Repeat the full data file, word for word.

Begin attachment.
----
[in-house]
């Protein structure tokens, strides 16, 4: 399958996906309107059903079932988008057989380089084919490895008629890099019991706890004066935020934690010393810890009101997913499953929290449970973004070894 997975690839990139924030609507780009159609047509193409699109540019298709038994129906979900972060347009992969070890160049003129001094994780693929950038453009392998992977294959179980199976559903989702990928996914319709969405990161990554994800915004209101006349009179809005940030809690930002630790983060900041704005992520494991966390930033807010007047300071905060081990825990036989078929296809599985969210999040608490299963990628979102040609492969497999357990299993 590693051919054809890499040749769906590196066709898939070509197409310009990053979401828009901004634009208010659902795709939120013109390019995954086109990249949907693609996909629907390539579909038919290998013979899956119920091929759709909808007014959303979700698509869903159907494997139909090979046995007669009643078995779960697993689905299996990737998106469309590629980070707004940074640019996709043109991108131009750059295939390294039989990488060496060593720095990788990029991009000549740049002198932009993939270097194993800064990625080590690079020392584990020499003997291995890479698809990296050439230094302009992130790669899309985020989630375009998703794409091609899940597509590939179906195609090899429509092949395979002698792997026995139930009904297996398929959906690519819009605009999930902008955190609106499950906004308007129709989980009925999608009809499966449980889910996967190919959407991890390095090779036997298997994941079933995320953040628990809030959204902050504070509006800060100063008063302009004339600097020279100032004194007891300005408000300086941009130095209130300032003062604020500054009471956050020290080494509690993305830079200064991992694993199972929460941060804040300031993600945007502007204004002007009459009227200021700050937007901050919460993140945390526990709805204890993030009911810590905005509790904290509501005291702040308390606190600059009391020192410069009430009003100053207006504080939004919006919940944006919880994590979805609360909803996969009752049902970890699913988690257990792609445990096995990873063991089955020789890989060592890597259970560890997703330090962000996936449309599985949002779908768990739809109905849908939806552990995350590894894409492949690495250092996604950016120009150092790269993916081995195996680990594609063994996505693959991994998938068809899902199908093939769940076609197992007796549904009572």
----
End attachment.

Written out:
[in-house]
């Protein structure tokens, strides 16, 4: 399958996906309107059903079932988008057989380089084919490895008629890099019991706890004066935020934690010393810890009101997913499953929290449970973004070894 997975690839990139924030609507780009159609047509193409699109540019298709038994129906979900972060347009992969070890160049003129001094994780693929950038453009392998992977294959179980199976559903989702990928996914319709969405990161990554994800915004209101006349009179809005940030809690930002630790983060900041704005992520494991966390930033807010007047300071905060081990825990036989078929296809599985969210999040608490299963990628979102040609492969497999357990299993 590693051919054809890499040749769906590196066709898939070509197409310009990053979401828009901004634009208010659902795709939120013109390019995954086109990249949907693609996909629907390539579909038919290998013979899956119920091929759709909808007014959303979700698509869903159907494997139909090979046995007669009643078995779960697993689905299996990737998106469309590629980070707004940074640019996709043109991108131009750059295939390294039989990488060496060593720095990788990029991009000549740049002198932009993939270097194993800064990625080590690079020392584990020499003997291995890479698809990296050439230094302009992130790669899309985020989630375009998703794409091609899940597509590939179906195609090899429509092949395979002698792997026995139930009904297996398929959906690519819009605009999930902008955190609106499950906004308007129709989980009925999608009809499966449980889910996967190919959407991890390095090779036997298997994941079933995320953040628990809030959204902050504070509006800060100063008063302009004339600097020279100032004194007891300005408000300086941009130095209130300032003062604020500054009471956050020290080494509690993305830079200064991992694993199972929460941060804040300031993600945007502007204004002007009459009227200021700050937007901050919460993140945390526990709805204890993030009911810590905005509790904290509501005291702040308390606190600059009391020192410069009430009003100053207006504080939004919006919940944006919880994590979805609360909803996969009752049902970890699913988690257990792609445990096995990873063991089955020789890989060592890597259970560890997703330090962000996936449309599985949002779908768990739809109905849908939806552990995350590894894409492949690495250092996604950016120009150092790269993916081995195996680990594609063994996505693959991994998938068809899902199908093939769940076609197992007796549904009572």